UL board taps former Louisiana Tech leader as interim system president _lowres

Advocate file photo by Liz Condo -- Daniel Reneau is pictured here in 2010 while he was serving as chancellor at Louisiana Tech. He was voted Thursday as interim president of the University of Louisiana System.

For the time being, the University of Louisiana System will be led by a familiar face: Daniel Reneau, the former longtime president of Louisiana Tech University in Ruston.

The system’s Board of Supervisors voted unanimously Thursday to hire Reneau as interim president. Reneau retired from Louisiana Tech in 2013 after 26 years at the helm.

He replaces outgoing system President Sandra Woodley, who announced last month that she will step down at the end of the year and remain on staff in an advisory capacity through March.

Reneau’s appointment had immediate implications for the University of New Orleans, where rumors about alternative succession plans had circulated among the faculty.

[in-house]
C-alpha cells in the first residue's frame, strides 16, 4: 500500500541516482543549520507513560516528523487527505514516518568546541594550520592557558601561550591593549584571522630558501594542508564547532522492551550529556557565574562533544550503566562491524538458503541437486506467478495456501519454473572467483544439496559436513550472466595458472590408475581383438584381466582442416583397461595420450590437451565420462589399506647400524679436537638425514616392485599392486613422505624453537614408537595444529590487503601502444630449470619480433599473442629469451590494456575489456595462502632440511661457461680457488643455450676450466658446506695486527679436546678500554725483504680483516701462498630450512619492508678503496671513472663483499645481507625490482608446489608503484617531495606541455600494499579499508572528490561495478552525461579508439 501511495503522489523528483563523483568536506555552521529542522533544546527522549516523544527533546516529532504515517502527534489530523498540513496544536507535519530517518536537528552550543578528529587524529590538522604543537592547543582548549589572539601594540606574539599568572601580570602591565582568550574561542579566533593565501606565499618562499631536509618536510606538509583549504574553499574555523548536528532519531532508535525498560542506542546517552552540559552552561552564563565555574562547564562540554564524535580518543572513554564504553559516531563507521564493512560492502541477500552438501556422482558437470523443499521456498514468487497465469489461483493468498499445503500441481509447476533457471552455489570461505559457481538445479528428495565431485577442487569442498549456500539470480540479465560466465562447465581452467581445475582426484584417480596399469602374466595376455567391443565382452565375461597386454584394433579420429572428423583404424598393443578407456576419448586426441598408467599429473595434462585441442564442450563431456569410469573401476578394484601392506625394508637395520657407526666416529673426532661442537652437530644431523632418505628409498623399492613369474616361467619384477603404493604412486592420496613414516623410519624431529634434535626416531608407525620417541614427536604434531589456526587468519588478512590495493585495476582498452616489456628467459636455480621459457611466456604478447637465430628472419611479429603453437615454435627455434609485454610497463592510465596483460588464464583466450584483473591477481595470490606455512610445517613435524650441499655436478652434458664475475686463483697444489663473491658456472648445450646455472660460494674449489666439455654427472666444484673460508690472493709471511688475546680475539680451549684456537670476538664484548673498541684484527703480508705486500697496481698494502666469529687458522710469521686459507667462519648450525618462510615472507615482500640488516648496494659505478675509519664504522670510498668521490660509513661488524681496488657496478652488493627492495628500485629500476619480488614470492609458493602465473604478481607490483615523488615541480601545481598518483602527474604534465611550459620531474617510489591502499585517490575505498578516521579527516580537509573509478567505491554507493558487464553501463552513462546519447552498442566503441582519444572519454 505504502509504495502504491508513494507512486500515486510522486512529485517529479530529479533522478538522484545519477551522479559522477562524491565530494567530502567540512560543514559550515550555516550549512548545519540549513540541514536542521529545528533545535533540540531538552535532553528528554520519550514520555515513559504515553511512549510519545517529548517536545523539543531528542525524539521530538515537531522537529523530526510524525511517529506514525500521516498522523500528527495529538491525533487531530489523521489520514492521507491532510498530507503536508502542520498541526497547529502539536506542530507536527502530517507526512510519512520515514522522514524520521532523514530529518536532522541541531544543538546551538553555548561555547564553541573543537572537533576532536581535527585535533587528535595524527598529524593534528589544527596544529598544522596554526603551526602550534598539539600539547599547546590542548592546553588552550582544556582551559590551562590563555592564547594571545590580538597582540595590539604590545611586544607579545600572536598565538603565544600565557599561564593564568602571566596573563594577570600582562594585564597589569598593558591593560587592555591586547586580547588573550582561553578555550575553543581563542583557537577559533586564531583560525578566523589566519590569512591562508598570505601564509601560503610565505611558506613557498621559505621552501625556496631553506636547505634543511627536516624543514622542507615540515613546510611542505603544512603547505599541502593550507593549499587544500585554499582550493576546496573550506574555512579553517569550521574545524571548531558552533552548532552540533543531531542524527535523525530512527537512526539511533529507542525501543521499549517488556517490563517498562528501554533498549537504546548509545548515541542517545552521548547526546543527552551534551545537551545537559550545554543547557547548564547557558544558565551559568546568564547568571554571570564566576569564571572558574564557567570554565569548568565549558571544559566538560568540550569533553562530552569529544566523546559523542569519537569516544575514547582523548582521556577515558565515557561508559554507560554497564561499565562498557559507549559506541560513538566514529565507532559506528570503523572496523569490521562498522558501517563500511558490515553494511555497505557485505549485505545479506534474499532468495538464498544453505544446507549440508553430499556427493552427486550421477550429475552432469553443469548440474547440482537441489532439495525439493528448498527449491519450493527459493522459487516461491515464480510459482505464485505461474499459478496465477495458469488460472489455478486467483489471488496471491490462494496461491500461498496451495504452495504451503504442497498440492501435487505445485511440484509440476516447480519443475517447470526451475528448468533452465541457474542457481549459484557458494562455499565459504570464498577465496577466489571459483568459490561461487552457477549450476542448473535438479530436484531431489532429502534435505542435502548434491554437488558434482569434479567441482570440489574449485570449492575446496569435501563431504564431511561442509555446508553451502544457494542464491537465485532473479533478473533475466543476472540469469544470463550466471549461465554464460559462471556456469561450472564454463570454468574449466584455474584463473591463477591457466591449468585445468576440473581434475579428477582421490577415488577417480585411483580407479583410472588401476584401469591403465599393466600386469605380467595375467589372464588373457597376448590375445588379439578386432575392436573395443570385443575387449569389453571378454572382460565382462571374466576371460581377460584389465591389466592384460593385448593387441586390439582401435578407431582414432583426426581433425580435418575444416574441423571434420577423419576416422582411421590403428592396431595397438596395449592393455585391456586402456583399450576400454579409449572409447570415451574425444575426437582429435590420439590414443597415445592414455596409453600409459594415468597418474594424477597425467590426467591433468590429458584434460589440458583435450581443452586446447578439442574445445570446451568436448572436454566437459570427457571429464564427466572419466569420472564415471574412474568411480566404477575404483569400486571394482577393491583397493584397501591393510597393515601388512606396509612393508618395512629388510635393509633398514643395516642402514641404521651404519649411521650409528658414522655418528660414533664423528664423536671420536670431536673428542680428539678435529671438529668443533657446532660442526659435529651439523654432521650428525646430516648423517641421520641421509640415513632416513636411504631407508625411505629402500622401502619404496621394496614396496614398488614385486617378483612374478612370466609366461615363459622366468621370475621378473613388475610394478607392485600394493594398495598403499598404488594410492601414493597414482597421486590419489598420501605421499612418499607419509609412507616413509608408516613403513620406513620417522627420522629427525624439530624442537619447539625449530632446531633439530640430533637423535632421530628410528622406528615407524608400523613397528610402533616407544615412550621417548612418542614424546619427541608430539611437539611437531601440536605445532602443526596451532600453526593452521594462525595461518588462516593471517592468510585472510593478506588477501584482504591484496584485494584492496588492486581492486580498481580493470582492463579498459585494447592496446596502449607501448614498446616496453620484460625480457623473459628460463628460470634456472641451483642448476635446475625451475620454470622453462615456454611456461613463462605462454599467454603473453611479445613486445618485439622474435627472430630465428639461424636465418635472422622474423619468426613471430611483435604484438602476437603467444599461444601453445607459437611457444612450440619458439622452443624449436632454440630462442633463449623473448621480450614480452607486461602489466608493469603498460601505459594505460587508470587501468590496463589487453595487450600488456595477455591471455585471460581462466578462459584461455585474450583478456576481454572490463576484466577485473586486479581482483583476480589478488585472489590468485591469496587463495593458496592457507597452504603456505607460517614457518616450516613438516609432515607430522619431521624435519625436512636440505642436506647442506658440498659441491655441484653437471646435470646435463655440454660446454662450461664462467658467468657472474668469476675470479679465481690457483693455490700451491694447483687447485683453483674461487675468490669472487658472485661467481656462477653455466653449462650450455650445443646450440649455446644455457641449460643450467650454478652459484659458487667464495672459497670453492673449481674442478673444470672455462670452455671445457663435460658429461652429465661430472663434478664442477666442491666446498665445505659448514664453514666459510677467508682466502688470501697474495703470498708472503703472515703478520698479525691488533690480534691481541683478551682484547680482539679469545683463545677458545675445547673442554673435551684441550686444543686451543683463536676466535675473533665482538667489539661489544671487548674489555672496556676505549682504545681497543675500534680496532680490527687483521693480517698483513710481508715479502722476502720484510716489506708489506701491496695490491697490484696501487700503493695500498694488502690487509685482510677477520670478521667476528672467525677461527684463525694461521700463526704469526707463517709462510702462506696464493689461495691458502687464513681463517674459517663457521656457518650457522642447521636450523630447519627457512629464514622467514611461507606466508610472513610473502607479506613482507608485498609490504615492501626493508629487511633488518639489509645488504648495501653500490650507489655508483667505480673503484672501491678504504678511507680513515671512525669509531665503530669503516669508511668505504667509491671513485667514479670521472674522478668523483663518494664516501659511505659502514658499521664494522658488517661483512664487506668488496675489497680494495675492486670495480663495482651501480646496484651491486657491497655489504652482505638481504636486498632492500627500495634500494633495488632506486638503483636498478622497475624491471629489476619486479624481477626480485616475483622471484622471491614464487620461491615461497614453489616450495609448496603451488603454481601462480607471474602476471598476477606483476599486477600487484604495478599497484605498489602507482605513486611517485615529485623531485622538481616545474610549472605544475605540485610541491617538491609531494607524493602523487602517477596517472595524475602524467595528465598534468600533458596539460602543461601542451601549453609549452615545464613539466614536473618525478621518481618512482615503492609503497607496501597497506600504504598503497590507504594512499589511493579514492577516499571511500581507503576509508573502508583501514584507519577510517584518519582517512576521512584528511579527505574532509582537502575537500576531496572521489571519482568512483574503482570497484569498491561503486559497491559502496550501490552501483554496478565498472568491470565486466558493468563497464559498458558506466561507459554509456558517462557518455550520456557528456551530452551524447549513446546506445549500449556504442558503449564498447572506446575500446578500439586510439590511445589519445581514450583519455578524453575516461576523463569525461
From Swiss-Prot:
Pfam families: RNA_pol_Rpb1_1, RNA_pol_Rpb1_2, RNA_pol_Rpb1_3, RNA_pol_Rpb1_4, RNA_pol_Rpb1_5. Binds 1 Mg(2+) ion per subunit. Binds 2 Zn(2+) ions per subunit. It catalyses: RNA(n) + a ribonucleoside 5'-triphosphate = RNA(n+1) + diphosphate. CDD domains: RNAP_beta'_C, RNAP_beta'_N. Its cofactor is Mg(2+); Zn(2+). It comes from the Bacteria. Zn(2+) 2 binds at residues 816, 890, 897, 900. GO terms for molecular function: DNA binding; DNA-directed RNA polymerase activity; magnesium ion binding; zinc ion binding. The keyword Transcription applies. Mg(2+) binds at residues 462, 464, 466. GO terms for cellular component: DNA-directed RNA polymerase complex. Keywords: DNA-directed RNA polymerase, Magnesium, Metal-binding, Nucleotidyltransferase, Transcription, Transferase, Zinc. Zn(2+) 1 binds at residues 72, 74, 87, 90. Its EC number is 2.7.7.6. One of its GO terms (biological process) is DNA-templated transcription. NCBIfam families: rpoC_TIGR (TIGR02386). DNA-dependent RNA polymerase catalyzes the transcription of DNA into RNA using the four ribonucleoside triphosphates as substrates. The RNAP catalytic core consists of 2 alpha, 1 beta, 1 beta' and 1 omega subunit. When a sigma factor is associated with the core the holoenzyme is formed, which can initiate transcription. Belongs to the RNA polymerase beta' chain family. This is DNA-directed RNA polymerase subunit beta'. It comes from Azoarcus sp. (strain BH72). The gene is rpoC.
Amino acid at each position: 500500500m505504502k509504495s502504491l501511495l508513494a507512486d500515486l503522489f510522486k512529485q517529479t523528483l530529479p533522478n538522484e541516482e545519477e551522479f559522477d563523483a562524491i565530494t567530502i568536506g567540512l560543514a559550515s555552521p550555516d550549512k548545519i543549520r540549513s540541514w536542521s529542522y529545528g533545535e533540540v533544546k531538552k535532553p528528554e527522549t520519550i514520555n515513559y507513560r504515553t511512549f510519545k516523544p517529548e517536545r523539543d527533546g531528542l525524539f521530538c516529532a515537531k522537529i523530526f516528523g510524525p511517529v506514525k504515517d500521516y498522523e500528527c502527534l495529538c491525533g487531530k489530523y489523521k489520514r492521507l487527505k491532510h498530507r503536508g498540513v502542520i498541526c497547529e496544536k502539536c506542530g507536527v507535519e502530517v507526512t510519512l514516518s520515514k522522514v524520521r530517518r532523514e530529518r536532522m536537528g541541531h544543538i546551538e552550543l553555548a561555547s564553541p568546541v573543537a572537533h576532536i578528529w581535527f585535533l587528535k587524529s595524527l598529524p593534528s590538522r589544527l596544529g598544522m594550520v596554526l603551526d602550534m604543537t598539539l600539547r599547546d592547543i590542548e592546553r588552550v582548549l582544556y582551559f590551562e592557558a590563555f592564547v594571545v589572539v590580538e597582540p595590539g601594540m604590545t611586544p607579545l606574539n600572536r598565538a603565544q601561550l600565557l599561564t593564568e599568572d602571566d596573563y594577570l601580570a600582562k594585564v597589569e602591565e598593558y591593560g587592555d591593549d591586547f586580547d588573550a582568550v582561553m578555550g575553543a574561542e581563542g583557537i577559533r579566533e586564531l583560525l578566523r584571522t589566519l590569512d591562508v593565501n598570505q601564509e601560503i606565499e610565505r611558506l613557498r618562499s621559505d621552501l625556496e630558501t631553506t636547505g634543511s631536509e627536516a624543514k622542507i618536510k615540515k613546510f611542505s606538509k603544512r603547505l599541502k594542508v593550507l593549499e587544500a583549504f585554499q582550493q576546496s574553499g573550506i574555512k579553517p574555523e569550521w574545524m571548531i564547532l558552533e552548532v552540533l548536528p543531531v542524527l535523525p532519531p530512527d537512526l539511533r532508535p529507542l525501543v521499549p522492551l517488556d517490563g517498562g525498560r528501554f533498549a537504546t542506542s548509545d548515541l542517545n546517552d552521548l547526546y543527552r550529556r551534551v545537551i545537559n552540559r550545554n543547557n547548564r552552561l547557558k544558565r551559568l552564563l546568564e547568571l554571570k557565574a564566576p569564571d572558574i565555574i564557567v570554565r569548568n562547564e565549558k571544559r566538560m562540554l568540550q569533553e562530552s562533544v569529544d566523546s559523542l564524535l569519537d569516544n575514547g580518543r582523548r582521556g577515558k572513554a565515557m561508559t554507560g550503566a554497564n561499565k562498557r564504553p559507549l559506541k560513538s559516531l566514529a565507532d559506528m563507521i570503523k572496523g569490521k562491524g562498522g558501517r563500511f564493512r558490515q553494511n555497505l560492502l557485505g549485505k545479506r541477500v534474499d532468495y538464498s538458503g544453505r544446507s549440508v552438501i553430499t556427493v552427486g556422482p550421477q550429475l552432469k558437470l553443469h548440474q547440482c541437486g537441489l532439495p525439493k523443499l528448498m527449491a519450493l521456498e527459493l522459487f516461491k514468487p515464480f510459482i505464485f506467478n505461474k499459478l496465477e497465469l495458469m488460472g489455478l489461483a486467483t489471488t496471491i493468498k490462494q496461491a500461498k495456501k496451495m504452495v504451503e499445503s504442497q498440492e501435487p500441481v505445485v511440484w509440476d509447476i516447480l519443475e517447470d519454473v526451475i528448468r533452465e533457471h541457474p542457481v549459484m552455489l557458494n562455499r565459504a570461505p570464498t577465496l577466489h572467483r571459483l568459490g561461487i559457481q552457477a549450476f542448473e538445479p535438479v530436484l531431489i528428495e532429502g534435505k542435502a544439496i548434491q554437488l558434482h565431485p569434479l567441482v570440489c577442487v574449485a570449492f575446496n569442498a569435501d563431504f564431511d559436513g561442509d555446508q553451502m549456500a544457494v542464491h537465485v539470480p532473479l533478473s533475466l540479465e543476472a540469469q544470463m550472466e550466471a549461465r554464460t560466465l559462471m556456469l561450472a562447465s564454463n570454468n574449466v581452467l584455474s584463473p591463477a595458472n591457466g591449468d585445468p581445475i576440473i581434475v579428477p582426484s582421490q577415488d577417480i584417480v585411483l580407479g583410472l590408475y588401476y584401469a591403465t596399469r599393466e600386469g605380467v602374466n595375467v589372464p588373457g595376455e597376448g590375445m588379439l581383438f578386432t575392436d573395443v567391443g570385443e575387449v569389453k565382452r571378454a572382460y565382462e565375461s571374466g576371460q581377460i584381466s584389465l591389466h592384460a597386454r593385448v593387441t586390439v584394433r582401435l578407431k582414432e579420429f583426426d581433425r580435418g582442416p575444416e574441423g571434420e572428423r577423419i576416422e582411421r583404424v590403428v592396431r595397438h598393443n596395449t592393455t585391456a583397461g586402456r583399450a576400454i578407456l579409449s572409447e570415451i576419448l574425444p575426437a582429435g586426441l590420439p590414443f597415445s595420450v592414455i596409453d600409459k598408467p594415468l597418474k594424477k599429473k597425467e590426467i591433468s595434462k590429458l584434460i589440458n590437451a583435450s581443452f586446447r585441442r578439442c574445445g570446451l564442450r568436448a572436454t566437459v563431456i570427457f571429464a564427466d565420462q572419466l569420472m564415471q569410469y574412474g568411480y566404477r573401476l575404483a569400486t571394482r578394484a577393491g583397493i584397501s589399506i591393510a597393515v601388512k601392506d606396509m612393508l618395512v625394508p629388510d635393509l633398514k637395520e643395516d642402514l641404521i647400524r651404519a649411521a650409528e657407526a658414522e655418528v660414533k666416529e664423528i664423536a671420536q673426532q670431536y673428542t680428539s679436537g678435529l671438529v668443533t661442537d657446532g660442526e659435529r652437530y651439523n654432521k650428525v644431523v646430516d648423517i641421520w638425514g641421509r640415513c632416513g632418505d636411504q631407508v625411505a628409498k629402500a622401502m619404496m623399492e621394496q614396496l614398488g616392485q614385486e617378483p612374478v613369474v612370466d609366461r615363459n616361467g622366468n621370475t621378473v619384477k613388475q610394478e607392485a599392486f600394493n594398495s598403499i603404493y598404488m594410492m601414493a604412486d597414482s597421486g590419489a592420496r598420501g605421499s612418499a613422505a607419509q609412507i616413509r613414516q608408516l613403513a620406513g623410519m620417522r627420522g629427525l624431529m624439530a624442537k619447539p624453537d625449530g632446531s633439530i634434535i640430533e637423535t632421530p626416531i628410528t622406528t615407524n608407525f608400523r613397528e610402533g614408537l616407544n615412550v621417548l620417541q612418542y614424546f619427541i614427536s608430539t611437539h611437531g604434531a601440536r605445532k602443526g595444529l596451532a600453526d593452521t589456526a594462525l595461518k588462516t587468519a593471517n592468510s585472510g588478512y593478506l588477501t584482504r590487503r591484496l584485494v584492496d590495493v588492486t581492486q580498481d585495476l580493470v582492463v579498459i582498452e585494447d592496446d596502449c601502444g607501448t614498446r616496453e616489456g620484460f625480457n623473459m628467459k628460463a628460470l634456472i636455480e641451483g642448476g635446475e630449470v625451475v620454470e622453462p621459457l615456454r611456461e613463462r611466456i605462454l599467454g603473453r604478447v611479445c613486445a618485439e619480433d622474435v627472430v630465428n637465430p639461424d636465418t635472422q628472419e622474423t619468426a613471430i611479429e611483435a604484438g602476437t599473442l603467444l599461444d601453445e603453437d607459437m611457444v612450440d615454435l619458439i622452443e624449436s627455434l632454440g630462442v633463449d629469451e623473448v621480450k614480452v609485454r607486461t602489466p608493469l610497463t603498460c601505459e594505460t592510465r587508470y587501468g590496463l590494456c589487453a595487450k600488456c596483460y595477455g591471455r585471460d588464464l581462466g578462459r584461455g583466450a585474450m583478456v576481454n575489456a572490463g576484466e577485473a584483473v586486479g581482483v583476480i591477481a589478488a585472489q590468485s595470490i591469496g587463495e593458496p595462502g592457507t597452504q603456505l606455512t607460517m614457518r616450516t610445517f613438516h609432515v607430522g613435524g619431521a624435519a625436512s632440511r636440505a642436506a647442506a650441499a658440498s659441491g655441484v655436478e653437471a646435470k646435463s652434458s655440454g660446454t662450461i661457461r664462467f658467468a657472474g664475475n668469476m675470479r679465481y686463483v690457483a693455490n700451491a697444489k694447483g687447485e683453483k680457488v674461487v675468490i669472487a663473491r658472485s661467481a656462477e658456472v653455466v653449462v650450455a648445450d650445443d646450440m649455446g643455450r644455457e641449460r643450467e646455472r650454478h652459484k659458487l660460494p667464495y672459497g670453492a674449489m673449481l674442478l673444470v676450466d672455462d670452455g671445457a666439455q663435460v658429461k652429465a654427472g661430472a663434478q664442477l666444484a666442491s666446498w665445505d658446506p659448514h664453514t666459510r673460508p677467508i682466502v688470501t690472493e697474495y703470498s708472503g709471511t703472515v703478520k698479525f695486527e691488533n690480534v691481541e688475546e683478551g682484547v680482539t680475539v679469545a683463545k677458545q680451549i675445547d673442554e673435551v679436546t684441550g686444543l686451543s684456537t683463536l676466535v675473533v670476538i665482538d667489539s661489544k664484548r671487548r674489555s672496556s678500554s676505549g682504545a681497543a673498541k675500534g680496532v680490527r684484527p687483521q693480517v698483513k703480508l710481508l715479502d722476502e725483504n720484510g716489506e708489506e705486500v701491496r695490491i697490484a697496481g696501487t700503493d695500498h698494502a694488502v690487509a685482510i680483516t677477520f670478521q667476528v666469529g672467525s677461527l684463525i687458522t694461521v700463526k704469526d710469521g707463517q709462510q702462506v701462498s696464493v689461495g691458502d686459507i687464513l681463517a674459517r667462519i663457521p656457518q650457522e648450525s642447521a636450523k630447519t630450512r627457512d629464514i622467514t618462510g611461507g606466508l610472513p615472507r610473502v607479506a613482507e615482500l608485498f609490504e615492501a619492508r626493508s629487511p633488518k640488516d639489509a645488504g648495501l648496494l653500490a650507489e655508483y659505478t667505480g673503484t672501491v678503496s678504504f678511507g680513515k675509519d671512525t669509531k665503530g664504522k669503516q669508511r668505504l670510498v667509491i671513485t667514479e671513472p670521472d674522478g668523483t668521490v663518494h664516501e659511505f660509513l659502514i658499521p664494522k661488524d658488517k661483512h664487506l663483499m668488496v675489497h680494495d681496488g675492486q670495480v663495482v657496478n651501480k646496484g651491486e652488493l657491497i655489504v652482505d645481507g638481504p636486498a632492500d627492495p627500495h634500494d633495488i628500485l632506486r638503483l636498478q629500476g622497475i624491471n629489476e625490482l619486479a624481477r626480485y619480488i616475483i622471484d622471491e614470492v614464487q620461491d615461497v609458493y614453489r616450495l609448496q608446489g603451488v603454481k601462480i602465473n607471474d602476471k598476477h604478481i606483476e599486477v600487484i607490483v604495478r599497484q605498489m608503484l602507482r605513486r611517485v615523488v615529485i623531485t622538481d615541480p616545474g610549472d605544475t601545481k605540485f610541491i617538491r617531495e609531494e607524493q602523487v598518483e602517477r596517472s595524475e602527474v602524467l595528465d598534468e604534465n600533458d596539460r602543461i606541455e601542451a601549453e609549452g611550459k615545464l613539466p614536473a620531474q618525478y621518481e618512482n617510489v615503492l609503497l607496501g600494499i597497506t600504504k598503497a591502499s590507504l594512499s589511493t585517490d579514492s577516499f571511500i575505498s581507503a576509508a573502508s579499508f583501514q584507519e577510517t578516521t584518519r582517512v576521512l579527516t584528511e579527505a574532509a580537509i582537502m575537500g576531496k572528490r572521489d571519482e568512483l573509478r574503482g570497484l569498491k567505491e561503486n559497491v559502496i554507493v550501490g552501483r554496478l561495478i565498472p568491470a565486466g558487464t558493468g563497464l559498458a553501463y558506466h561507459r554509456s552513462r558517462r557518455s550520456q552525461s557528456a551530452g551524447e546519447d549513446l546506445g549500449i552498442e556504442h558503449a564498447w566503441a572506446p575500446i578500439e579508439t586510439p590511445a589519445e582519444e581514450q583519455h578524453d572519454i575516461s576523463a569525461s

Many faculty members thought the UL board was considering UNO’s own designated interim leader, Randy Moffett, to be the temporary system president. And that notion apparently had some merit. The UL board considered both Moffett and Reneau before the members went into closed-door discussions of the appointment.

The possibility of Moffett getting the promotion caused jitters about his potential replacement at UNO, and the UNO Faculty Senate took the pre-emptive step this week of passing a no-confidence vote in the school’s vice president for business affairs, Gregg Lassen, whom many expected to be next in line as the school’s interim president, replacing the retired Peter Fos.

Lassen has been at UNO since 2013. Wednesday’s resolution, which passed 30-0, said Lassen has been unable to provide “viable strategies for dealing effectively with UNO’s budgetary struggles” and accused him of demonstrating “troubling signs of disengagement.”

Moffett was named UNO’s interim president in October after Fos said he would retire in January. His four-year tenure has been marked by steep funding cuts and dwindling enrollment.

Follow Richard Thompson on Twitter, @rthompsonMSY.